2017 / 2018

 

Iris, Iris, Iris, Mori Art Museum (image) & Auckland Art Gallery Toi o Tāmaki

 

Tokyo, Japan & Auckland, New Zealand

1/23

Iris, Iris, Iris (1), 2017

Glass, concrete, brass, Olympus camera lens, Janome umbrella, Aromascope-ampoules, tubing, pumps, clamps, iris flower

3000mm x 3000mm x 1000mm (approx)

 

Iris, Iris, Iris (2), 2017

liquid perfume, glass, concrete, brass, magnetic stirrer

1500mm x 1500mm x 400mm (approx)

 

Iris, Iris, Iris (3), 2017

Brass, habotai silk, mister, glass, rope

approx 635mm x 635mm x 510mm (h)

 

Iris, Iris, Iris (4), 2017

Brass, habotai silk, incense, rope

approx 635mm x 635mm x 510mm (h)

 

Iris, Iris, Iris (5), 2017

Incense

550 x approx dia 18mm x 700/750mm each

Mitchell’s new work, Iris, Iris, Iris was produced specifically for this exhibition after having conducted a multi-faceted research process that included research into traditional Japanese incense to a scientific analysis of various fragrances. This body of work explores diverse meanings of the word ‘iris’, which seeks to link the ocular and the olfactory. 

Displayed in this laboratory-like exhibition space are ‘invisible’ materials such as incense and a perfume, combined with elements related to the act of ‘seeing’, such as through the iris of our eyes, the iris used in apertures of a camera, the Greek goddess Iris, and other objects related to the manifold meanings of ‘iris’, such as the traditional Japanese janome (‘snake’s eye’) umbrella that has been produced by artisnal makers to mimic the colour of Mitchell’s own irises, alongside images taken of the artist’s irises when he was ten-years old by an iridologist. 

Inspired by the belief in tsukumogami (‘tool spirits’) that are said to dwell in various well-used tools and implements (often janome), Mitchell has also used gas chromatography mass spectrometry, a technique used to analyze the ‘headspace’ that surround objects in perfumery to recreate scent profiles of objects, to quantify the ‘invisible’ spirits that surround the iris flower, the iris of the camera, and the iris in the form of a janome.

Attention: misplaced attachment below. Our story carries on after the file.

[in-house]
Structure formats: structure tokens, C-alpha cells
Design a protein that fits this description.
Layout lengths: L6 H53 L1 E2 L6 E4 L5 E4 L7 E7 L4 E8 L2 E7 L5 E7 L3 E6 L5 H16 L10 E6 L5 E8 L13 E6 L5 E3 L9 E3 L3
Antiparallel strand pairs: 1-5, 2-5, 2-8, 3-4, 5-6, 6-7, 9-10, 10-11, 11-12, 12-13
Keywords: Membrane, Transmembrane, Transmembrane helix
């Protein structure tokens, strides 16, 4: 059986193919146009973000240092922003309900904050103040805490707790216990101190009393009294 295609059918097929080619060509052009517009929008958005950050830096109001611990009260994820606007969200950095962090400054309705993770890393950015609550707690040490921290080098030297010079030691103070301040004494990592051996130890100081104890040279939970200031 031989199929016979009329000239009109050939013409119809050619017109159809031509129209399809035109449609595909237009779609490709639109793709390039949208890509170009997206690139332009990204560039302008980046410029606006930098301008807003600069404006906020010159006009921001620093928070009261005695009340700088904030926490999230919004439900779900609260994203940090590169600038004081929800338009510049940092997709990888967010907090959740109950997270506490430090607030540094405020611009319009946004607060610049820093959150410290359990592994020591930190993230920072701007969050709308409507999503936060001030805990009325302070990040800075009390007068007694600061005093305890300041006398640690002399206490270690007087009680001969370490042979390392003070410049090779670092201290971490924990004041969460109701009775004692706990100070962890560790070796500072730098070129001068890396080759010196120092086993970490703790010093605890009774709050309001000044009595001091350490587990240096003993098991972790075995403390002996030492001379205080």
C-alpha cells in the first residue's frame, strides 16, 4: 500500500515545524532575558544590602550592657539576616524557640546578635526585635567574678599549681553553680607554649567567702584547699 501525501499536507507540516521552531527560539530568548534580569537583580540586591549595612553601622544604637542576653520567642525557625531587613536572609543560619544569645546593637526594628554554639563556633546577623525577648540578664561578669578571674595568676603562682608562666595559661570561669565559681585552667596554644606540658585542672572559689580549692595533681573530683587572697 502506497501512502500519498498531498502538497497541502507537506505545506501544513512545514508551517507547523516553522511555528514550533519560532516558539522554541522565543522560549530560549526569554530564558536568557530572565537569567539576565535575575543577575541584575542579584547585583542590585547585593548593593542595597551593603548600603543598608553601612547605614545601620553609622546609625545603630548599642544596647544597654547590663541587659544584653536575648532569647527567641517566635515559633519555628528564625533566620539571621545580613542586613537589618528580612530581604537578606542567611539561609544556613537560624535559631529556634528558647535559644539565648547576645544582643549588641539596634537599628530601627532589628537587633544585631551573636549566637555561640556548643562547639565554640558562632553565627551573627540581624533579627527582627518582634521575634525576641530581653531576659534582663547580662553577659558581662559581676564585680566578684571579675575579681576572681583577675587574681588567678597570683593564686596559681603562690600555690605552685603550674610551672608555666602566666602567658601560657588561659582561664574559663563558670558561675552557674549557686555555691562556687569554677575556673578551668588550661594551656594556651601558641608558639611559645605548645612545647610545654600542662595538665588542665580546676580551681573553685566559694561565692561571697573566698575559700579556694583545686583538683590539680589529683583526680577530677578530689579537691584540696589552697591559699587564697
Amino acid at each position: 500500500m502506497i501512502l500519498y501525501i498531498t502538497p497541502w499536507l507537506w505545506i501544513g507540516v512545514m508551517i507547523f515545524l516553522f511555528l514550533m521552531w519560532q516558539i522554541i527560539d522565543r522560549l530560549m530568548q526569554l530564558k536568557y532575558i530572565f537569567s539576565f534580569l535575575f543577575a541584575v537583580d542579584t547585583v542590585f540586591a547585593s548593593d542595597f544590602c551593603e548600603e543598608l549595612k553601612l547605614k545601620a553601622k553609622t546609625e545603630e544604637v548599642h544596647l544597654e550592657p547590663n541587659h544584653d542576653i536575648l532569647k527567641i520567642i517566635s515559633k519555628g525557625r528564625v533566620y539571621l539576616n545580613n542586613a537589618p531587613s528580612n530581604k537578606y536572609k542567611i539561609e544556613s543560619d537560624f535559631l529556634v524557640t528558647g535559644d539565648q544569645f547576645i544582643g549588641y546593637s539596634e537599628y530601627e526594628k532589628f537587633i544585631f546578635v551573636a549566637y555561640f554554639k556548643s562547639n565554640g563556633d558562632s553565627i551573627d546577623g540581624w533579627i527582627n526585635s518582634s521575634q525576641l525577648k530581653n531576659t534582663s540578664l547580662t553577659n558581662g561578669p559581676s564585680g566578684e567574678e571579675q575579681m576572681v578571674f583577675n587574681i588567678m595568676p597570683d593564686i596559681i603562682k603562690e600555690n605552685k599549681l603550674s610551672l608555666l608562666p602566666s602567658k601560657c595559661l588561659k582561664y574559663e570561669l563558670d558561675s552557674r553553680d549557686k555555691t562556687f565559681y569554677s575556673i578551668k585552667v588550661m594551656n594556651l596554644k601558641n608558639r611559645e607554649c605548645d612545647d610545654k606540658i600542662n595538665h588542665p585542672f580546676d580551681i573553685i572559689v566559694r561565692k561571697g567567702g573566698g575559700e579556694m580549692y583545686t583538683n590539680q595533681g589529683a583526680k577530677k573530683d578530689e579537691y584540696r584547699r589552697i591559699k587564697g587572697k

Iris Perfume 

Irises are plants belonging to the iris genus. Although its fragrance is not conspicuous, this work consists of a perfume produced in collaboration with Takasago International Corporation, the largest fragrance manufacturer in Japan. This artificial fragrance reproduces the lyrical, composite fragrance not just of the iris plant, but also the fragrance emitted by the iris of the camera and the iris of a janome umbrella (produced in the colour of his own iris). This liquid, continually agitated by a stirrer, synthesises three types of irises — while perhaps also volatilising its invisible ‘spirits’ at the same time. 

Fusego 

In The Tale of Genji, a kimono is draped over the fusego, a basket whose bottom contains an incense burner that imparts a fragrance to the wearer’s clothing. Mitchell’s two solid brass fusego each contain perfume and incense. The cloth that hangs from each fusego is printed with a photograph of Mitchell’s iris, taken when he was ten years old for the purposes of an experiment conducted by an iridologist. 

Janome 

Janome (which takes its name from the Japanese for ‘snake’s eye’) is a concentric pattern that became a popular form of adornment for paper umbrellas during the Edo period, commonly used by priests and doctors. In Japan, it is believed that spirits called tsukumogami (‘tool spirits’) dwell in various well-used tools and implements. A well-known example is the karakasa kozō, a Yokai creature in the shape of an umbrella. The janome umbrella on display here was fabricated by taking the colour of the artist’s own irises. 

Iris and Camera Lens 

Just like the pupil of an eye, cameras have an adjustable aperture function called an ‘iris’ that regulates brightness. Iris is also the name of the Greek goddess — both a messenger goddess and the personification of the rainbow. Olympus, the Japanese manufacturer of optical devices, takes its company name from Mount Olympus, home to many deities from Greek mythology, and the site where Iris was dispatched as a messenger. 

Iris Incense 

The culture of incense has seen it also used as a clock and to mark time. The 500 incense sticks (80 kilograms) on display in this exhibition is equivalent to the time period of five years, when burnt consecutively. Irises are said to require propagation by root division every five years, a period that is understood to represent its life cycle. 

 

In order to realise this exhibition, we are grateful to have received tremendous technical support and production assistance from Shoyeido Incense Co. and Takasago International Corporation. We are equally thankful to Obayashi Corporation for their sponsorship of this series, and Creative New Zealand for their support for this co-commission. 

Dane Mitchell ©  2020